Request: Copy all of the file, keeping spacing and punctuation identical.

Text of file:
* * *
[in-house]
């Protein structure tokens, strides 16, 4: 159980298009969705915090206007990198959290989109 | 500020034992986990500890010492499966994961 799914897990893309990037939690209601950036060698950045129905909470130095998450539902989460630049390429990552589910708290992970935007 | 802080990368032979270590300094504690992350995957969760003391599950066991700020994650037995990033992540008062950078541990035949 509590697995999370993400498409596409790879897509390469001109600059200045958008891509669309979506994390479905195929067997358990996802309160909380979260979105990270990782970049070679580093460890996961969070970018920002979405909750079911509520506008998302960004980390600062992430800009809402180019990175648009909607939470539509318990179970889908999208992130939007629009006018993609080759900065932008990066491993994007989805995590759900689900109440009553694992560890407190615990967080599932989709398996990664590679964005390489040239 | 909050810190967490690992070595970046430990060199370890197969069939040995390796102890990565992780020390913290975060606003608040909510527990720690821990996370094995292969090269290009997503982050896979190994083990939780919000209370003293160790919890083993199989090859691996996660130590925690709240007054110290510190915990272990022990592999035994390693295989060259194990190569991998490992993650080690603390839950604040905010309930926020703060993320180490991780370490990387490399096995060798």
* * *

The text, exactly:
[in-house]
């Protein structure tokens, strides 16, 4: 159980298009969705915090206007990198959290989109 | 500020034992986990500890010492499966994961 799914897990893309990037939690209601950036060698950045129905909470130095998450539902989460630049390429990552589910708290992970935007 | 802080990368032979270590300094504690992350995957969760003391599950066991700020994650037995990033992540008062950078541990035949 509590697995999370993400498409596409790879897509390469001109600059200045958008891509669309979506994390479905195929067997358990996802309160909380979260979105990270990782970049070679580093460890996961969070970018920002979405909750079911509520506008998302960004980390600062992430800009809402180019990175648009909607939470539509318990179970889908999208992130939007629009006018993609080759900065932008990066491993994007989805995590759900689900109440009553694992560890407190615990967080599932989709398996990664590679964005390489040239 | 909050810190967490690992070595970046430990060199370890197969069939040995390796102890990565992780020390913290975060606003608040909510527990720690821990996370094995292969090269290009997503982050896979190994083990939780919000209370003293160790919890083993199989090859691996996660130590925690709240007054110290510190915990272990022990592999035994390693295989060259194990190569991998490992993650080690603390839950604040905010309930926020703060993320180490991780370490990387490399096995060798």